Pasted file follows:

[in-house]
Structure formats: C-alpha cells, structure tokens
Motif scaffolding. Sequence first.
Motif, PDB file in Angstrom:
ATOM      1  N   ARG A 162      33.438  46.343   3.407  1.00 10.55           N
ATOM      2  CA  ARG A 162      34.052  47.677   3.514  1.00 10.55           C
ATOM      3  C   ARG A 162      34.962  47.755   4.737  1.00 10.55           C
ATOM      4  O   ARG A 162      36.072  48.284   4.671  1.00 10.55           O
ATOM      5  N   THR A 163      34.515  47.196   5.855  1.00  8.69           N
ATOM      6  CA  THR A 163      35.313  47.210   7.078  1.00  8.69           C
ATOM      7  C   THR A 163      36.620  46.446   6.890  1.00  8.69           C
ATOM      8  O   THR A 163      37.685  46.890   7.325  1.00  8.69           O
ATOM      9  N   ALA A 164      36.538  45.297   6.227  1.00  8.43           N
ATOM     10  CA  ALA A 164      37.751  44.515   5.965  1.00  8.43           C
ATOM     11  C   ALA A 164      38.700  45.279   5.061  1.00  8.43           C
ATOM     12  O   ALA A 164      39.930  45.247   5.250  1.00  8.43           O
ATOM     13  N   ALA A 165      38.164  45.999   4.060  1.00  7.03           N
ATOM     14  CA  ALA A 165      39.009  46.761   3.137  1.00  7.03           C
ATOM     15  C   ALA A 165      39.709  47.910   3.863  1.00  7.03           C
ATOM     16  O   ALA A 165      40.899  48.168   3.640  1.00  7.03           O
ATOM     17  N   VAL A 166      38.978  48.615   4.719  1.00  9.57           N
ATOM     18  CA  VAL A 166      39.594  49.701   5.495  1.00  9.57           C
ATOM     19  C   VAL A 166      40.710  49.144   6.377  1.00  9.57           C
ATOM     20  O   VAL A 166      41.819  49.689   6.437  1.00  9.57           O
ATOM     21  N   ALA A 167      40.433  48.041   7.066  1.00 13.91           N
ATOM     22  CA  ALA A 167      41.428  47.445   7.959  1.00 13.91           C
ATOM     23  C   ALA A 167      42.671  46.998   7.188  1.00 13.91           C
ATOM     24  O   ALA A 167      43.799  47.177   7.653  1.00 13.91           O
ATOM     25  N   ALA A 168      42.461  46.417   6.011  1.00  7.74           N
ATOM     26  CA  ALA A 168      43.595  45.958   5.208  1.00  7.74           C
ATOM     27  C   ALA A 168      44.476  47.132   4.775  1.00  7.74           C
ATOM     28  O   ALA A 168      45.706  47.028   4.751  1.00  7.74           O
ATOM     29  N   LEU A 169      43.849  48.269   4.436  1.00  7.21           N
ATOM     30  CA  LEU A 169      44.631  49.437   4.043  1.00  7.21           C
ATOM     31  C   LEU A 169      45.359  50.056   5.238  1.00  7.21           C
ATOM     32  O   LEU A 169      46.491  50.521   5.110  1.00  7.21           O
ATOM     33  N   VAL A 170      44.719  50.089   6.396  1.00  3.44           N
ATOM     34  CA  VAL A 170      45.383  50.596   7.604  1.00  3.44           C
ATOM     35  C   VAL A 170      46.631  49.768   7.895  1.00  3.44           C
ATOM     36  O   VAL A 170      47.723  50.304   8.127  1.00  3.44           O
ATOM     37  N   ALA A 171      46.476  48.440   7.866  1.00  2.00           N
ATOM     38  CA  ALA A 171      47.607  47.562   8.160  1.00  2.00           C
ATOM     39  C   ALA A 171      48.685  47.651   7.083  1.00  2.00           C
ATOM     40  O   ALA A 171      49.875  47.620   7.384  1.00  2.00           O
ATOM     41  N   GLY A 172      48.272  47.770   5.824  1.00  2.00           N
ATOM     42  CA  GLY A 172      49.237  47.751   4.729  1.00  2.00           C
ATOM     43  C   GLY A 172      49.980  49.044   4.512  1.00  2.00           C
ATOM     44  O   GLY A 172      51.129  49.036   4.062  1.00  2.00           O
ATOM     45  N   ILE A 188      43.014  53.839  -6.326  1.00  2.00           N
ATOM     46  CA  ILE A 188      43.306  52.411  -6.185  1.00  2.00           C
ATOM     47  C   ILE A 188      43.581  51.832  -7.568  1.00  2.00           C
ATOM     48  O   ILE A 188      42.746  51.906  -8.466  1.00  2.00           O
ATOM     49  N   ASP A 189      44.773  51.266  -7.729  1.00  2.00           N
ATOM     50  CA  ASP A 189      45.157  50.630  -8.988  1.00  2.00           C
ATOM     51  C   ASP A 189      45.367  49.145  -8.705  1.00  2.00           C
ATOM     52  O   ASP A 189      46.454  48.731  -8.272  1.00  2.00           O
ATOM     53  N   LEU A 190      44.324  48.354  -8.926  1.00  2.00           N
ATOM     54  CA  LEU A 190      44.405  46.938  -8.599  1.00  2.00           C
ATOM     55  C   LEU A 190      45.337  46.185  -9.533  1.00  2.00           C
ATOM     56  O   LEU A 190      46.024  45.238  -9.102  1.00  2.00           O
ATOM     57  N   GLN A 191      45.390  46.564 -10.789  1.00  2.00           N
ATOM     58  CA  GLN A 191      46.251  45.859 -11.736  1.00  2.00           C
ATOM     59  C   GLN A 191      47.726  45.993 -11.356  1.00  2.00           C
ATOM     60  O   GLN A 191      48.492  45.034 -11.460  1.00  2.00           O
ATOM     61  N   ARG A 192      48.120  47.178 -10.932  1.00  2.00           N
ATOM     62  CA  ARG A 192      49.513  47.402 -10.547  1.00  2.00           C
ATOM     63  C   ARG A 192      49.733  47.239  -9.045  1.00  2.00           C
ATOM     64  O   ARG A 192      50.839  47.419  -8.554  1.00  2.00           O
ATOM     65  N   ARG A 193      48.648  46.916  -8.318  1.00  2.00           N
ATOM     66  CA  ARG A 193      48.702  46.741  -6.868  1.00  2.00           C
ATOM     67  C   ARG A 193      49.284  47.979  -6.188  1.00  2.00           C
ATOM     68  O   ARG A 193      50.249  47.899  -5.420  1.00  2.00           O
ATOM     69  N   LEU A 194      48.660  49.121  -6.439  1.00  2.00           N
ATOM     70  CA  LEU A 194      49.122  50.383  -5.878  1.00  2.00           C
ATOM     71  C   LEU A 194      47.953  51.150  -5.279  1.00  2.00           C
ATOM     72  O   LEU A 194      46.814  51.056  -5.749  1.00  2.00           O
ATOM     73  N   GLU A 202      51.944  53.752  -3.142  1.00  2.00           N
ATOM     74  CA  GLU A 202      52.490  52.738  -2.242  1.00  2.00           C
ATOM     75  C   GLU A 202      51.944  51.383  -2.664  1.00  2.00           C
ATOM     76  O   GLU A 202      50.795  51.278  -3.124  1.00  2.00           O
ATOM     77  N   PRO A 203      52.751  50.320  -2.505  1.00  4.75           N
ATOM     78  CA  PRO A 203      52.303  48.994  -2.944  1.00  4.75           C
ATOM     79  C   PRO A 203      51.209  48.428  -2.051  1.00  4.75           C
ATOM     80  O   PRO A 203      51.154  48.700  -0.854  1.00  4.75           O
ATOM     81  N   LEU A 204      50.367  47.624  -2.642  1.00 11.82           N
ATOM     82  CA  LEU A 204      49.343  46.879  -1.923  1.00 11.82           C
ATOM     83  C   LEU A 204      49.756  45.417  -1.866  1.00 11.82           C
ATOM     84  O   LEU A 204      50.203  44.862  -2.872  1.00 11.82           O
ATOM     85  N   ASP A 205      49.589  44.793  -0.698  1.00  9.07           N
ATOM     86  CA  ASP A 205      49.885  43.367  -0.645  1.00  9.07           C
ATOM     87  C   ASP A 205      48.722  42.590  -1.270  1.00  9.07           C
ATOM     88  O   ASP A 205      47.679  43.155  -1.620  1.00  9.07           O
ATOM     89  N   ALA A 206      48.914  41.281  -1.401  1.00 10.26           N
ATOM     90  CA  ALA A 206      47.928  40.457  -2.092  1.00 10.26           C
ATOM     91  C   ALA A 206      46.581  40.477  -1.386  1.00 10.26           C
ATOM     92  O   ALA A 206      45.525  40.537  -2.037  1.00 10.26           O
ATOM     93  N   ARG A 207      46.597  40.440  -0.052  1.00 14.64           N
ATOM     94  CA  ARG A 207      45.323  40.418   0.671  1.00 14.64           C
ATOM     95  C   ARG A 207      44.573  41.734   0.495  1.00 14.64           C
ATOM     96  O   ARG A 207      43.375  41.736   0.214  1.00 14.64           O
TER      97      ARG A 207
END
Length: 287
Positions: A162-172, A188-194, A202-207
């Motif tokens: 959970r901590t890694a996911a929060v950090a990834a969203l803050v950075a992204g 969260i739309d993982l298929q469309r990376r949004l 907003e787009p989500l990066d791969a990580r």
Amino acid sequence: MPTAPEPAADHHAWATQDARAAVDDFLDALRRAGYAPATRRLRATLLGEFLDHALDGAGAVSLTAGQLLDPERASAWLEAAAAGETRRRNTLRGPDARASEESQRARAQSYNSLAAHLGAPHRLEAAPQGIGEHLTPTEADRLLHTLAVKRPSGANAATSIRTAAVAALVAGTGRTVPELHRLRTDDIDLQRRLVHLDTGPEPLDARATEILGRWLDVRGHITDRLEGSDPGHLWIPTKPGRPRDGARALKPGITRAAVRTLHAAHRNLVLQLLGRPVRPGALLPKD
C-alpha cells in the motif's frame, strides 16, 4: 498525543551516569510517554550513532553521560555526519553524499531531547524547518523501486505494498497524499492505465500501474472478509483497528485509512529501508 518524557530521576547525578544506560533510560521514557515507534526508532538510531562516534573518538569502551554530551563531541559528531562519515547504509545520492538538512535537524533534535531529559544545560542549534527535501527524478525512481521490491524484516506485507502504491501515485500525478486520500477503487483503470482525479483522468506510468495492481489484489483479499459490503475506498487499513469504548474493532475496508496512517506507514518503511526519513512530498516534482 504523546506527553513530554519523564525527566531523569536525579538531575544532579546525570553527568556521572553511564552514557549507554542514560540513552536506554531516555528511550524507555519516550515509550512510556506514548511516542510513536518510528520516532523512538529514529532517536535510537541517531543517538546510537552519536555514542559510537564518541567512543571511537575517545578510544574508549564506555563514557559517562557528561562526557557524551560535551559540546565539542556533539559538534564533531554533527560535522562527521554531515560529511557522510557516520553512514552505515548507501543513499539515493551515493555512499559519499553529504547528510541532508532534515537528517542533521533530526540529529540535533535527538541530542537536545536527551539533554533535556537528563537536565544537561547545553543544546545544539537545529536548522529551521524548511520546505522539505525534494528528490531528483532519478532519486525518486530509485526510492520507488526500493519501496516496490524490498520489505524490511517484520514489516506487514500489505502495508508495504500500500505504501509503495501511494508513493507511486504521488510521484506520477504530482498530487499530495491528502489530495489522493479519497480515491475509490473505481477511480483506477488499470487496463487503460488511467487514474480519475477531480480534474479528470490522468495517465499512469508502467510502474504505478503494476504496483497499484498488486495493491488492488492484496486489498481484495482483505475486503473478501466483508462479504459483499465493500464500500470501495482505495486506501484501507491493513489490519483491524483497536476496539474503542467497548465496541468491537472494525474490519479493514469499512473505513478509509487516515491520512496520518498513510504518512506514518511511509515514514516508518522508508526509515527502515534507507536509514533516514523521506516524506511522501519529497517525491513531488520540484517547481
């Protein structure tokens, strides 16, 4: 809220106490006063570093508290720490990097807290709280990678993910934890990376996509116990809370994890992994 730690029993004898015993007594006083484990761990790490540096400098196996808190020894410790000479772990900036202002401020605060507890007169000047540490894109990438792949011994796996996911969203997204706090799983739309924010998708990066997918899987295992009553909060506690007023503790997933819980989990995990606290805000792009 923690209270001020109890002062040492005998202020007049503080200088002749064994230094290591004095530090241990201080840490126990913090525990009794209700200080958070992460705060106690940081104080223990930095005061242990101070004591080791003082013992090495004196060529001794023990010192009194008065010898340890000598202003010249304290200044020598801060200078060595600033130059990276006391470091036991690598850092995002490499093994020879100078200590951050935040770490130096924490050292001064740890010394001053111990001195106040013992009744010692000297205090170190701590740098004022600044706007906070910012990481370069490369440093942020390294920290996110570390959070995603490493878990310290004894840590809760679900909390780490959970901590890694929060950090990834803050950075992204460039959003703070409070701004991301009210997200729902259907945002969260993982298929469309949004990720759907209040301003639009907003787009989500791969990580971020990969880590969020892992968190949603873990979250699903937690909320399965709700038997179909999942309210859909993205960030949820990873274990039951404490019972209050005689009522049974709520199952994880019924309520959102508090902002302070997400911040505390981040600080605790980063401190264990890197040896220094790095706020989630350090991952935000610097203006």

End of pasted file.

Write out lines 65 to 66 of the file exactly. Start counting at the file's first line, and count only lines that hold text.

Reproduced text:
ATOM     61  N   ARG A 192      48.120  47.178 -10.932  1.00  2.00           N
ATOM     62  CA  ARG A 192      49.513  47.402 -10.547  1.00  2.00           C